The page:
“I am concerned that there’s a perception that they’re not as safe as they could be,” Pistole said at a Senate homeland security committee hearing today in Washington.
While the TSA has said that the scanners are safe, based on external health studies, the agency has never conducted its own research, Pistole said, in response to senators’ questions. A report published yesterday by ProPublica questioned the research used to determine the safety of the scanners.
TSA has 250 of the machines, made by OSI Systems Inc. (OSIS)’s Rapiscan, at airport checkpoints across the country. The TSA also has about 600 full-body scanners that use millimeter-wave technology and do not emit radiation. Those are made by L-3 Communications Holdings Inc. (LLL)
The X-ray, or backscatter, machines “have tested safe for decades,” Peter Kant, executive vice president for the Rapiscan unit, said in a telephone interview. “We certainly support any additional testing to once again revalidate the safety.”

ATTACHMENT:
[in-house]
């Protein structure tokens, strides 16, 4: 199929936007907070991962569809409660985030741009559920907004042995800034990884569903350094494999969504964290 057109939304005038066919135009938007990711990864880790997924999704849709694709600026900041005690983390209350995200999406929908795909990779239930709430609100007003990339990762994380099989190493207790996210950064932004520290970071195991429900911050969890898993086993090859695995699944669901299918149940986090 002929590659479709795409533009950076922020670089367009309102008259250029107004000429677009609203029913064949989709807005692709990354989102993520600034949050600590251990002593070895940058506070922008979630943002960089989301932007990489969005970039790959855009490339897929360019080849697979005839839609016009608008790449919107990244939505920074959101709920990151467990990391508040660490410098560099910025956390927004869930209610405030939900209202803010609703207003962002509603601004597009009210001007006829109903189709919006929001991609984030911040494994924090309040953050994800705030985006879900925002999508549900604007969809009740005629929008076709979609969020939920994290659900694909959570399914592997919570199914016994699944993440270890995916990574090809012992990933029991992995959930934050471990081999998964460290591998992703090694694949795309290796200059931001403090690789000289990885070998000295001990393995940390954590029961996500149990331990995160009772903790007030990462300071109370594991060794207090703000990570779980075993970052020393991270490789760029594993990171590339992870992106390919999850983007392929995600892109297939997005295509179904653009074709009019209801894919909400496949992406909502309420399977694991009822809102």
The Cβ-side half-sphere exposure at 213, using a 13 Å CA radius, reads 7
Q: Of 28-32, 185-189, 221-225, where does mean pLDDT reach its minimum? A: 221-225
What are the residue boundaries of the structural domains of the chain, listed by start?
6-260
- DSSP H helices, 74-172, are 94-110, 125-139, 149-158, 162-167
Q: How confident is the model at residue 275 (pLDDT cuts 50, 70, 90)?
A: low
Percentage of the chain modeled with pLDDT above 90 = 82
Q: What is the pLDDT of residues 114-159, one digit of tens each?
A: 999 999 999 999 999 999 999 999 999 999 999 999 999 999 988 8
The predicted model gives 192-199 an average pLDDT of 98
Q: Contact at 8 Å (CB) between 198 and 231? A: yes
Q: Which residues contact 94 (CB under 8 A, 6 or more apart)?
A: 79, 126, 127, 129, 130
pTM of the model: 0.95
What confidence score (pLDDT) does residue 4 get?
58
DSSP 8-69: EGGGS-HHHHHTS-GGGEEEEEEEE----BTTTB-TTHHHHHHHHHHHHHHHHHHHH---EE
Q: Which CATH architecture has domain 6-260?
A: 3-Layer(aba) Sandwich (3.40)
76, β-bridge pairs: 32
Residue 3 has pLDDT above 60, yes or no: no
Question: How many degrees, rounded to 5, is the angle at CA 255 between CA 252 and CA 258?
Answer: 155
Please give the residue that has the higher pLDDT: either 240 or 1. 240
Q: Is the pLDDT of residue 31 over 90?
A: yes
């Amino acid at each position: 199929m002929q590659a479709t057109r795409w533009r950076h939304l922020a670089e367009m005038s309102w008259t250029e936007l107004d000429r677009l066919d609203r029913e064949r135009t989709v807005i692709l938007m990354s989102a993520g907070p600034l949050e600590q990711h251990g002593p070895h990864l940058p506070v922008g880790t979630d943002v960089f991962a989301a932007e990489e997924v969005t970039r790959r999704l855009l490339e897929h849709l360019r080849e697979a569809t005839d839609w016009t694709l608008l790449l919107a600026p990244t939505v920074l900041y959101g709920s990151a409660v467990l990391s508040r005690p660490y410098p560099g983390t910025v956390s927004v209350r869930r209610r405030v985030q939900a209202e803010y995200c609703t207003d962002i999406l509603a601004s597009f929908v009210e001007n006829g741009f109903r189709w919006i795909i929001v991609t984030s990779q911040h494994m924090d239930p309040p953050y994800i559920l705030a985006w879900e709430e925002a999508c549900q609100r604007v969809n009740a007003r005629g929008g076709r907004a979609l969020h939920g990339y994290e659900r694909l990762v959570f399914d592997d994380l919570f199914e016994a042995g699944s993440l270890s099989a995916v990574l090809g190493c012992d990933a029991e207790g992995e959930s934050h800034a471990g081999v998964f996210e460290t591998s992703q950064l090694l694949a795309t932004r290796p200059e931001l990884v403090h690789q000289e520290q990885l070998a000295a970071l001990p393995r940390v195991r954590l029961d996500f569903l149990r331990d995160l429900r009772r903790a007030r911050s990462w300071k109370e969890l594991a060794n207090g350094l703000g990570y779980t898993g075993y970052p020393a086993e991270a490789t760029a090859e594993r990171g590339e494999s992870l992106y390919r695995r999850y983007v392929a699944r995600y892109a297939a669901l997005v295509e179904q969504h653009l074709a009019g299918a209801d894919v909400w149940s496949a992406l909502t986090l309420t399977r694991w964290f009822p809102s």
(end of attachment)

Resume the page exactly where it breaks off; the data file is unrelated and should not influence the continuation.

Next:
Kant said he shares Pistole’s concern about public perception. Additional tests should help end “perpetuation of the falsehood that the machines are unsafe,” he said.
Both types of scanners have been criticized by pilots and passengers for producing graphic images showing the body under a person’s clothes. The L-3 scanners have been updated with software that produces generic outlines instead. A similar fix for the Rapiscan machines is in lab testing, Pistole said.
That testing should be finished soon, Kant said. The TSA has told Rapiscan it won’t buy more of its machines until the software is updated, Kant said.
Senator Susan Collins, the ranking Republican on the homeland security committee, urged Pistole to stop using any passenger screening technology that emits radiation.
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